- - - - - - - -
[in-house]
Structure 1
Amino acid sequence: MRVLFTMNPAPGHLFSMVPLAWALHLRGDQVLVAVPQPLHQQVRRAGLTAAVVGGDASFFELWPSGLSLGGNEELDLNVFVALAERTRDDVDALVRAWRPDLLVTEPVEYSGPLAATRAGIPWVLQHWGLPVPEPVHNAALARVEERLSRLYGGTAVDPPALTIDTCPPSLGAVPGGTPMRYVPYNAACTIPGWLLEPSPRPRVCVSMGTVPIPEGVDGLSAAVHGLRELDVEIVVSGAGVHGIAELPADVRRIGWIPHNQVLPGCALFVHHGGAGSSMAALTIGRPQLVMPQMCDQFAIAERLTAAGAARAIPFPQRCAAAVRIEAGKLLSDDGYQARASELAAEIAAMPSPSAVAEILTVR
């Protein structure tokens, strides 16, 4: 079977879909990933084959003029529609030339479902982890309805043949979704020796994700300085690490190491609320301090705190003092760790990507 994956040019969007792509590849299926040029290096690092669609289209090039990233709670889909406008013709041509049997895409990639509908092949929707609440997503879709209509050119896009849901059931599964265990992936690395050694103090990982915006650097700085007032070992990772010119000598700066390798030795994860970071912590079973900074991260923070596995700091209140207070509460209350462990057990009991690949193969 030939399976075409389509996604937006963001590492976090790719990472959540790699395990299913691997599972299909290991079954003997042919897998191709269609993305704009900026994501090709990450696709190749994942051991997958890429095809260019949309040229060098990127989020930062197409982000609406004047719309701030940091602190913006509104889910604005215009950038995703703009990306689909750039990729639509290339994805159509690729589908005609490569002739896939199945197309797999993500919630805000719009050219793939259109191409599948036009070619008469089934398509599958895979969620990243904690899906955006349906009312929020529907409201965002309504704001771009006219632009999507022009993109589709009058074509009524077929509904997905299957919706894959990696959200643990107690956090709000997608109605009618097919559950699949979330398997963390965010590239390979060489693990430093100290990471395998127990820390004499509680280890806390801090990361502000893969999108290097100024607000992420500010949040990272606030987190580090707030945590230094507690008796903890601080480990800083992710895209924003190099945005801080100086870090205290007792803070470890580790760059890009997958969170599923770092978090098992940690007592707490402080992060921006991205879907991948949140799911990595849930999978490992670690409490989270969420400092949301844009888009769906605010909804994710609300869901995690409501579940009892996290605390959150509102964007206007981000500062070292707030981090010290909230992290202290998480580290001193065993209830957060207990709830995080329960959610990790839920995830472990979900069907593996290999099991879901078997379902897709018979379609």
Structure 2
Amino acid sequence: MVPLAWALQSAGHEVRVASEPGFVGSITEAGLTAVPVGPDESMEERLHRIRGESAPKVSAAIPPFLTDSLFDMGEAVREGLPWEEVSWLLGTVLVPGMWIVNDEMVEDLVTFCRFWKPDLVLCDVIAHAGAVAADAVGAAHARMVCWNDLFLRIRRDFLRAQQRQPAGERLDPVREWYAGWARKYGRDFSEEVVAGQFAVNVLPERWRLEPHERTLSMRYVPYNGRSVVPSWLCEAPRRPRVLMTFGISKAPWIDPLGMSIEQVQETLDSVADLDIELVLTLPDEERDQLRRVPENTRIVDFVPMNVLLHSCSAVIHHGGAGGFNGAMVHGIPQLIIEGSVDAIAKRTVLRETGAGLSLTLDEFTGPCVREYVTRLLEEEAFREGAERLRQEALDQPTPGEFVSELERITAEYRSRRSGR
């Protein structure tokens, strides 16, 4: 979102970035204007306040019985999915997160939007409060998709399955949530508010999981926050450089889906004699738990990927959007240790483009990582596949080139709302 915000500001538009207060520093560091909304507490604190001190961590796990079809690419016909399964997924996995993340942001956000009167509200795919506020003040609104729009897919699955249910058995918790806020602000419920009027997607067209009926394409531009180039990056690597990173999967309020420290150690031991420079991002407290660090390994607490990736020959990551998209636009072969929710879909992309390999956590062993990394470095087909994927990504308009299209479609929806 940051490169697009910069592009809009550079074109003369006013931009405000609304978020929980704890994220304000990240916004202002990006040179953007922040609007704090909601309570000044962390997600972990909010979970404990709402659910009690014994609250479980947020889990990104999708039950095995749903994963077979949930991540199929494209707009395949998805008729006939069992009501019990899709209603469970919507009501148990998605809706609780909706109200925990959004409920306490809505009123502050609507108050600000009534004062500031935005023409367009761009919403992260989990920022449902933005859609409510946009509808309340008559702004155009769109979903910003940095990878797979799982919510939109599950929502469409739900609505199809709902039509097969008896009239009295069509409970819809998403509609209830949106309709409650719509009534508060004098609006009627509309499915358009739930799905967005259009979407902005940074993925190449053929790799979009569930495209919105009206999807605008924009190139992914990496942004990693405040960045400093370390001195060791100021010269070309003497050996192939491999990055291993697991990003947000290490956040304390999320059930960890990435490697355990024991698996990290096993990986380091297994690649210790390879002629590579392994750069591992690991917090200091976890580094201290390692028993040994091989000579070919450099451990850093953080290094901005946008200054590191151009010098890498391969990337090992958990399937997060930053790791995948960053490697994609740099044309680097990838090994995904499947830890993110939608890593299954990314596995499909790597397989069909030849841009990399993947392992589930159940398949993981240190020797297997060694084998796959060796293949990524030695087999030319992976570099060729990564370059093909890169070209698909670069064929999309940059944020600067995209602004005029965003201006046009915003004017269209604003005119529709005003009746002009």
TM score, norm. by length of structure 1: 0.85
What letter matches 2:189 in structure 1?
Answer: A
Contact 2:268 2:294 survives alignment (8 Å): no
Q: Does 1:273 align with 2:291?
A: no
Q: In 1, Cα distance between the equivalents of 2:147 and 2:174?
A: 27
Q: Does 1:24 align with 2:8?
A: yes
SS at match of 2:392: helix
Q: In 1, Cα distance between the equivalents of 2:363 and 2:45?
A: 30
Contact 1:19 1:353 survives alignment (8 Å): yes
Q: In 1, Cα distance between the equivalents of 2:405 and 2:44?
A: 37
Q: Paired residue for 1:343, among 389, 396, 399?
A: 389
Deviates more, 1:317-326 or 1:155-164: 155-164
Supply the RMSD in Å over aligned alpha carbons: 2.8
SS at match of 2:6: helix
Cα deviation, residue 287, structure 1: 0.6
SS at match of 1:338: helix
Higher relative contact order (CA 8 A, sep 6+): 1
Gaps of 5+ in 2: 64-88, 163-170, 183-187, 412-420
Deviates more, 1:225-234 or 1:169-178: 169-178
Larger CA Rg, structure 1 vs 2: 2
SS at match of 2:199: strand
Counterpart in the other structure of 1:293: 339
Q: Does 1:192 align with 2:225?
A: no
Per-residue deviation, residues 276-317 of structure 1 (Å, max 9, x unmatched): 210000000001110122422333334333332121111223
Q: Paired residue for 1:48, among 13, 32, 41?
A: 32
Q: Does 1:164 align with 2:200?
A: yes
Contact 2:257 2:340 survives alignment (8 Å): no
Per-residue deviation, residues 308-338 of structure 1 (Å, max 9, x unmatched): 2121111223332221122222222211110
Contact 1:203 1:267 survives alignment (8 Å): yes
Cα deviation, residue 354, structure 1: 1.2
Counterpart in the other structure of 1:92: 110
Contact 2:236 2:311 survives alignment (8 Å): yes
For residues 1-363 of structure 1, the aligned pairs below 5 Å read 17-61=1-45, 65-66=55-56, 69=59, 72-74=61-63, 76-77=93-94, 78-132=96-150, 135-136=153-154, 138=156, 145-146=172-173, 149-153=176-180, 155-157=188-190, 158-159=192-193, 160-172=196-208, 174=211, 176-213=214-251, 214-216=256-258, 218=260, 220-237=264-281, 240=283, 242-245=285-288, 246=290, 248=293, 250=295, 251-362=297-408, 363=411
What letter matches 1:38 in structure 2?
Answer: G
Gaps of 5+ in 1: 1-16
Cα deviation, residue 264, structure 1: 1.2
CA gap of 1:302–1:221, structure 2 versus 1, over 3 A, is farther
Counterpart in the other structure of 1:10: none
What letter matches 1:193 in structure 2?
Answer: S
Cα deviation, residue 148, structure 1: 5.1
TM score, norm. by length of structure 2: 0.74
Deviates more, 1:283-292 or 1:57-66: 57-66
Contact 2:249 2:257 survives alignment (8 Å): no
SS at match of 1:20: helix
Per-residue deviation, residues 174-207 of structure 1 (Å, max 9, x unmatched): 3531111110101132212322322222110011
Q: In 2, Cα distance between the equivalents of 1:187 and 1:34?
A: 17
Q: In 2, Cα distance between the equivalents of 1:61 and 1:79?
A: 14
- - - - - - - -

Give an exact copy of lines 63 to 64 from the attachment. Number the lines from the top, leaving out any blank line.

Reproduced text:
SS at match of 1:20: helix
Per-residue deviation, residues 174-207 of structure 1 (Å, max 9, x unmatched): 3531111110101132212322322222110011